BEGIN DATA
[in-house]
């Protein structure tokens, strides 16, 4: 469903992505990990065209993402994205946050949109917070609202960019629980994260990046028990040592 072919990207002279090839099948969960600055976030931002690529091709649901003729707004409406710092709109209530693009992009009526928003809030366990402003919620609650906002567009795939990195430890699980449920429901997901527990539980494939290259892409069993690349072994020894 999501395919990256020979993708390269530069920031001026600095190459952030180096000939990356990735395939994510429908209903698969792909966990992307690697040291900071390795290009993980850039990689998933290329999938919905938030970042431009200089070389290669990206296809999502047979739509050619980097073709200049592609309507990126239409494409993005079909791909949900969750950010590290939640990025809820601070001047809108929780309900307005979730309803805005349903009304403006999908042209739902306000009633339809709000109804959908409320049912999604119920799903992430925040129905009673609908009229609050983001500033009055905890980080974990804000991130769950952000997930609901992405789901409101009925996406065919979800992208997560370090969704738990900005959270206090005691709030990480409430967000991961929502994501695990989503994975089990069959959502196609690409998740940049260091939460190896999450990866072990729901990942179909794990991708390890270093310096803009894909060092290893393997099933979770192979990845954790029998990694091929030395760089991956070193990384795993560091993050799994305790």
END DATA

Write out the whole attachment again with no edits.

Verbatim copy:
[in-house]
């Protein structure tokens, strides 16, 4: 469903992505990990065209993402994205946050949109917070609202960019629980994260990046028990040592 072919990207002279090839099948969960600055976030931002690529091709649901003729707004409406710092709109209530693009992009009526928003809030366990402003919620609650906002567009795939990195430890699980449920429901997901527990539980494939290259892409069993690349072994020894 999501395919990256020979993708390269530069920031001026600095190459952030180096000939990356990735395939994510429908209903698969792909966990992307690697040291900071390795290009993980850039990689998933290329999938919905938030970042431009200089070389290669990206296809999502047979739509050619980097073709200049592609309507990126239409494409993005079909791909949900969750950010590290939640990025809820601070001047809108929780309900307005979730309803805005349903009304403006999908042209739902306000009633339809709000109804959908409320049912999604119920799903992430925040129905009673609908009229609050983001500033009055905890980080974990804000991130769950952000997930609901992405789901409101009925996406065919979800992208997560370090969704738990900005959270206090005691709030990480409430967000991961929502994501695990989503994975089990069959959502196609690409998740940049260091939460190896999450990866072990729901990942179909794990991708390890270093310096803009894909060092290893393997099933979770192979990845954790029998990694091929030395760089991956070193990384795993560091993050799994305790």